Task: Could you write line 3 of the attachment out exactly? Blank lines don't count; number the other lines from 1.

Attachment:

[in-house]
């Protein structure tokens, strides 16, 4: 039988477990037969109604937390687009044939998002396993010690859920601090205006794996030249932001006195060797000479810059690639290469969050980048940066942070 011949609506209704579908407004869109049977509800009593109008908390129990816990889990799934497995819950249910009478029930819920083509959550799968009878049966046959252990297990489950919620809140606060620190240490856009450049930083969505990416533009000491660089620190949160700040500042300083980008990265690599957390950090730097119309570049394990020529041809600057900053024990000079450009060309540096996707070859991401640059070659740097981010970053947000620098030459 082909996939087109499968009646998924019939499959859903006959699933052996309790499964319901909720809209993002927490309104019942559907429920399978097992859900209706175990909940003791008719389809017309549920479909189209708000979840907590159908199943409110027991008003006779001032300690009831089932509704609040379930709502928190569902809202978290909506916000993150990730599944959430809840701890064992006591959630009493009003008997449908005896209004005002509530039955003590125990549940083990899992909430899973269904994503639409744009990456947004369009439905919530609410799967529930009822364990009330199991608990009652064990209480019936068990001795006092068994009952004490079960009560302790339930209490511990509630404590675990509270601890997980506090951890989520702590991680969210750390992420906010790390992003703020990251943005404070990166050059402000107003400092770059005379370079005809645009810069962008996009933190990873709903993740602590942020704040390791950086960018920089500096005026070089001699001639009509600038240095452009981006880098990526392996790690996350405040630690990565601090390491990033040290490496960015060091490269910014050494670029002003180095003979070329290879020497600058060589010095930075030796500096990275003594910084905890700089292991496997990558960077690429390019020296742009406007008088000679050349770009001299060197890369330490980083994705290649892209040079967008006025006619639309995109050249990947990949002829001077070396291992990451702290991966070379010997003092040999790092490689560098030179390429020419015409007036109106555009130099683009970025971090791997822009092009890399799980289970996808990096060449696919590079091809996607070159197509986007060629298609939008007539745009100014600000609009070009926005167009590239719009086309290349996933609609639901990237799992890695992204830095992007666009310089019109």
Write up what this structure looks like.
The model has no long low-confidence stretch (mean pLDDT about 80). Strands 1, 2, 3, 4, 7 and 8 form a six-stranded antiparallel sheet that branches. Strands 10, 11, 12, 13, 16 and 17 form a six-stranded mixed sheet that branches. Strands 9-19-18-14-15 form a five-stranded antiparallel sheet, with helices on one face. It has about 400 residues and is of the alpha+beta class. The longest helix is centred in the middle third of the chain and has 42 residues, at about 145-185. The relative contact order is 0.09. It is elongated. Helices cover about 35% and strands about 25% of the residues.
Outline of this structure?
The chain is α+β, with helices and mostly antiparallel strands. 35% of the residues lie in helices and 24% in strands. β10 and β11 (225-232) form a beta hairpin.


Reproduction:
Write up what this structure looks like.